The difference between the radical organizations and the broad masses appears as a difference of objectives. The former apparently seek to overthrow capitalism; the masses seek only to maintain their living standards within capitalism. The revolutionary groups agitate for the abolition of private property; the people, called the masses, either own bits of private property, or hope some day to own them. The communist-minded struggle for the eradication of the profit system; the masses, capitalist minded, speak of the bosses’ right to a “fair profit.” As long as a relatively large majority of the American working class maintain the living conditions to which they are accustomed, and have the leisure to follow their pursuits, such as baseball and movies, they are generally well content, and they are grateful to the system that makes these things possible. The radical, who opposes this system and thereby jeopardizes their position within it, is far more dangerous to them than the bosses who pay them, and they do not hesitate to make a martyr of him. As long as the system satisfies their basic needs in the accustomed manner, they are well satisfied with it and whatever evils they behold in society, they attribute to “unfair bosses,” “bad administrators” or other individuals.

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Critical theory and experience: Interview with Detlev Claussen (2019)

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Detlev Claussen and Jordi Maiso – RP 2.06 (Winter 2019)
Translated by Alex Alvarez Taylor

[See Claussen’s biography of Adorno: One Last Genius (2008)]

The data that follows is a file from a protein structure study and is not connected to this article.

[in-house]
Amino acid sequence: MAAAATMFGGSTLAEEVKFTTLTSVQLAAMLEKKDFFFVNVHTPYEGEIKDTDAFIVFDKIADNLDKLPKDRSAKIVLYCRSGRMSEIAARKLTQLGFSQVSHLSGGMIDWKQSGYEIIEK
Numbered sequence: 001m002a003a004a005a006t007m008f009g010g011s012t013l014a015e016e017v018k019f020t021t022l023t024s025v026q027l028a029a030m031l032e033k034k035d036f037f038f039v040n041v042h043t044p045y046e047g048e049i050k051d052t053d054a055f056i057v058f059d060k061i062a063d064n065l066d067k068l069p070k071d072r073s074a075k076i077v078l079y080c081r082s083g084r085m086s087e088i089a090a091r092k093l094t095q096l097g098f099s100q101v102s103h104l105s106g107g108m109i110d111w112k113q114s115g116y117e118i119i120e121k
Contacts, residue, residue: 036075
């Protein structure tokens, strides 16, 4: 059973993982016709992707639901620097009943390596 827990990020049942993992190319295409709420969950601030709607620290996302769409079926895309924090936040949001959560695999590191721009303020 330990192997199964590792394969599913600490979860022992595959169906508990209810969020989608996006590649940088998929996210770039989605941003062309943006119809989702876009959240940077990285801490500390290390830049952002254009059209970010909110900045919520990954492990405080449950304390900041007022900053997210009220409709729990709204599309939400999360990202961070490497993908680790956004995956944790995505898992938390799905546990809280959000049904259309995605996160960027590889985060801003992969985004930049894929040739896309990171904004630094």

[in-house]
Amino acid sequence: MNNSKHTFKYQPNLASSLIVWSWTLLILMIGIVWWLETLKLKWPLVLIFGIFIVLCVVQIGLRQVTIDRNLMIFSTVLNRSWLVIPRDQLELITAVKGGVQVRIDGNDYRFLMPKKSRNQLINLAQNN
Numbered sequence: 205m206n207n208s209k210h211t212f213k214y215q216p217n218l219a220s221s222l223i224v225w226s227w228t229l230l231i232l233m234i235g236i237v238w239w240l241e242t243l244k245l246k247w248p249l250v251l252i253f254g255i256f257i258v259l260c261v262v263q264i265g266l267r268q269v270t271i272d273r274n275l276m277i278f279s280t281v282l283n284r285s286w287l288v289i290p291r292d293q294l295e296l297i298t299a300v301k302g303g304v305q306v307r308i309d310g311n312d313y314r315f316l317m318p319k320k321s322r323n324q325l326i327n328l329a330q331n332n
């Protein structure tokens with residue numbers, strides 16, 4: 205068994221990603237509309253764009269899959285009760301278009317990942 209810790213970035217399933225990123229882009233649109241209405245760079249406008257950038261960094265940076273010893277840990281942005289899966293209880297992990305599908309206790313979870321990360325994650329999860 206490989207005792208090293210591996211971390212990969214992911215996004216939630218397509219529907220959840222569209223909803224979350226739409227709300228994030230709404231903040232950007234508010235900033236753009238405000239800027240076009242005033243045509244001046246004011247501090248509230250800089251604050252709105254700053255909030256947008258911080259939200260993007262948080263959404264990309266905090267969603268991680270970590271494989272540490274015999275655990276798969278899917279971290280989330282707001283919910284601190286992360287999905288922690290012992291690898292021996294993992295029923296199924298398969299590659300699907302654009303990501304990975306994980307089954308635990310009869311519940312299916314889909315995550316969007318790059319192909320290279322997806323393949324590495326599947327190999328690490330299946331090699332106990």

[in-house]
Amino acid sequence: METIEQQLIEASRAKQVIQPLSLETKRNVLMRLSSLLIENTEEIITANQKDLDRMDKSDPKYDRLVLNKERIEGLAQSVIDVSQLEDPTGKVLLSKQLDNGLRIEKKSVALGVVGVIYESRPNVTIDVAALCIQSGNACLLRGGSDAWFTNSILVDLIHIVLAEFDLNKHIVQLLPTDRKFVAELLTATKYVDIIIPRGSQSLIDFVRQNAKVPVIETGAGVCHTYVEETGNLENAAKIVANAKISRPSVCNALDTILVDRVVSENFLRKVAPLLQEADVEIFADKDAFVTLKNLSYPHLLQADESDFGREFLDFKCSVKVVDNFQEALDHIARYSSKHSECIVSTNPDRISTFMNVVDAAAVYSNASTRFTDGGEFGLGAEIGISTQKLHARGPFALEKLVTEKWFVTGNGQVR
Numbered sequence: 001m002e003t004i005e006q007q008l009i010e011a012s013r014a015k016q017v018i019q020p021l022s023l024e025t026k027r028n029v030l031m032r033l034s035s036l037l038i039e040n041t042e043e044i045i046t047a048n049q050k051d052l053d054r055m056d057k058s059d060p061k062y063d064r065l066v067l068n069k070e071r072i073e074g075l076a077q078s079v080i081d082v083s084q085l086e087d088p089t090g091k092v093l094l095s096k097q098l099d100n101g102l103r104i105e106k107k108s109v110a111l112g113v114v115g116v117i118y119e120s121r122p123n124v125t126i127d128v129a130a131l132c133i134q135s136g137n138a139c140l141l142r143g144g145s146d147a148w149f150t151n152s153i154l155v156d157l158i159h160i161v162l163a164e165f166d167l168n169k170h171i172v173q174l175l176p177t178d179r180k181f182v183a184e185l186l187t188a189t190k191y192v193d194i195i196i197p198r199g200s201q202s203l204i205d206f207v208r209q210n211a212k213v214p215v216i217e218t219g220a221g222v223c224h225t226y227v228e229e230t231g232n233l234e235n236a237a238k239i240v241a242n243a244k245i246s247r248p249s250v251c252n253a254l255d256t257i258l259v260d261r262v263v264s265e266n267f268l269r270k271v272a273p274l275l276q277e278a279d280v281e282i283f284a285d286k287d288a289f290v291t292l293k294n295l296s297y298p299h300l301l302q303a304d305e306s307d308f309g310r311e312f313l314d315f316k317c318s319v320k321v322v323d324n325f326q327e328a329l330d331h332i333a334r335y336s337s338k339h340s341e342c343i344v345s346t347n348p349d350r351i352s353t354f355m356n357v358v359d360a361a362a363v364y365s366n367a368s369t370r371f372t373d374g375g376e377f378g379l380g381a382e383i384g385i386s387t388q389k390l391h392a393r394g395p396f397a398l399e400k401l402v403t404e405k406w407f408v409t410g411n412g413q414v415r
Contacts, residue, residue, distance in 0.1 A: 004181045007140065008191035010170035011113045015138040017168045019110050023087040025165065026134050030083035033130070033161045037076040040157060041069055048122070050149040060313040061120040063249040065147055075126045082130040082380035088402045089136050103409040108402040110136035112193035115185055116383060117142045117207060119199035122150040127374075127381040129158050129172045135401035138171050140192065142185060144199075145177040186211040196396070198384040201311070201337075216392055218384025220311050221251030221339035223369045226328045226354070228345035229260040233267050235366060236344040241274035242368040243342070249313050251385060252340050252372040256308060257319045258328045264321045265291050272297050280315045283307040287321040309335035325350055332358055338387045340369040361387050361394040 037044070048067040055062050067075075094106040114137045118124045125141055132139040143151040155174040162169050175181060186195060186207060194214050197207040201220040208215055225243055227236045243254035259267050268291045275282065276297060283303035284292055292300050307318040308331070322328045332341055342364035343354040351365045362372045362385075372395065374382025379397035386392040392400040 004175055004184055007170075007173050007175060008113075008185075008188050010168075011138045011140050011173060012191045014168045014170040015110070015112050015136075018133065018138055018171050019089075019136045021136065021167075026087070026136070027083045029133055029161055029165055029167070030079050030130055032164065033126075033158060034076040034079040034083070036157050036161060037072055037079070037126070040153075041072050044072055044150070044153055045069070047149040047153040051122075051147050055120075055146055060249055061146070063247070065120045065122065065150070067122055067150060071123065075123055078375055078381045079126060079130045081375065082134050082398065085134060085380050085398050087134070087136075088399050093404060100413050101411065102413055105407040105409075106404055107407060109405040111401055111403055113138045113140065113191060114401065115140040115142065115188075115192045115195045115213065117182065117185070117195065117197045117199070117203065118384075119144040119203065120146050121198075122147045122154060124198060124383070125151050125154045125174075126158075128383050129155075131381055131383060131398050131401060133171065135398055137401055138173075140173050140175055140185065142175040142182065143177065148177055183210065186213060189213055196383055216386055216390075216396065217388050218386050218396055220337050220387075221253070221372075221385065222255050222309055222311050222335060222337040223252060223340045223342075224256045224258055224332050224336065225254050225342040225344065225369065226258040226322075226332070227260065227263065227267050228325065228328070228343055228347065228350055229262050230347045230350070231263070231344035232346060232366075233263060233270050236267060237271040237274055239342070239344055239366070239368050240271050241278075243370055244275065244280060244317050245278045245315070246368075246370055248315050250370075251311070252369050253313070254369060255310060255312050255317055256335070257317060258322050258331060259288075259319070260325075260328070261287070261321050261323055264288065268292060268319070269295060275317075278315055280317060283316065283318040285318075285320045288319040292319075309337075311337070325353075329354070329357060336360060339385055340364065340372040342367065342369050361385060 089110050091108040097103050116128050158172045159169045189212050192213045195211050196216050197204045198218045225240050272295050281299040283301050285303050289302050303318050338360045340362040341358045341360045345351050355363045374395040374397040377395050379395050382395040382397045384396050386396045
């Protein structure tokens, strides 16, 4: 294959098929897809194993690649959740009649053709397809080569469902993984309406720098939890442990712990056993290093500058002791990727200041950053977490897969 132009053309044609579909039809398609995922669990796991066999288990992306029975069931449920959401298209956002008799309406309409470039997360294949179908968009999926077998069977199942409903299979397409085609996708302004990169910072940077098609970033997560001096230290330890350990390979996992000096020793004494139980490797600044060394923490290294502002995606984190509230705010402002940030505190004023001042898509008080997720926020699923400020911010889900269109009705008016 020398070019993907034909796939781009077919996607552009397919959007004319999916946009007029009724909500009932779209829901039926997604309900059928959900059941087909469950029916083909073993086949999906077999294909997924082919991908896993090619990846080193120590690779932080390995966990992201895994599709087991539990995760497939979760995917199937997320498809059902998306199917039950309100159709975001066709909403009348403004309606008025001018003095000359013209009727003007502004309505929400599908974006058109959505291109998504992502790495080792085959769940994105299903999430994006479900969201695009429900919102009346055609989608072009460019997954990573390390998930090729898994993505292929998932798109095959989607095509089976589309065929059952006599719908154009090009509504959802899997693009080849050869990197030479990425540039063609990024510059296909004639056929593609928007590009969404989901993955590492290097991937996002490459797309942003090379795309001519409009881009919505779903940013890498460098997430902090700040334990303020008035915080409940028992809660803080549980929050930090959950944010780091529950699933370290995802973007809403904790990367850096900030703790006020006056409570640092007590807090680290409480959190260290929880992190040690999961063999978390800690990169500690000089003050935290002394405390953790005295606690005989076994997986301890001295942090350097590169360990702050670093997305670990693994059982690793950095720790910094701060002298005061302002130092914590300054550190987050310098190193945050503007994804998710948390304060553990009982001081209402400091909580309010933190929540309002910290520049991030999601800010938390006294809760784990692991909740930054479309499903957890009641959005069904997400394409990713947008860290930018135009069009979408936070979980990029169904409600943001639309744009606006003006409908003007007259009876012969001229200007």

Detlev Claussen (b. 1948) is Professor Emeritus of Social Theory, Culture and Sociology at Leibniz Universität Hannover. In the mid-sixties he moved to Frankfurt to study with Theodor W. Adorno and Max Horkheimer, where he was actively involved in the protest movements associated with the political upheavals of 1968. In the seventies, Claussen worked as Oskar Negt’s assistant, with whom he shared the common project of opening up new avenues for critical theory without renouncing the thought of their intellectual mentors. Since then, Claussen has argued that instead of offering an overarching theory that can be applied from ‘outside’ of existing social reality, critical theory offers a variety of strategies that allow us simultaneously to disentangle and invigorate present experience. Claussen has written on a wide range of themes, including social theory, psychoanalysis, the sociology of science and culture, as well as anti-Semitism, racism, nationalism and migration. His biography of the legendary Jewish coach and footballer Béla Guttmann, yet to be translated into English, offers a prime example of how his published work cannot be separated from the wider context of his intellectual biography. Both an essayist and Adorno’s biographer, Claussen is one of the leading lights of critical theory today.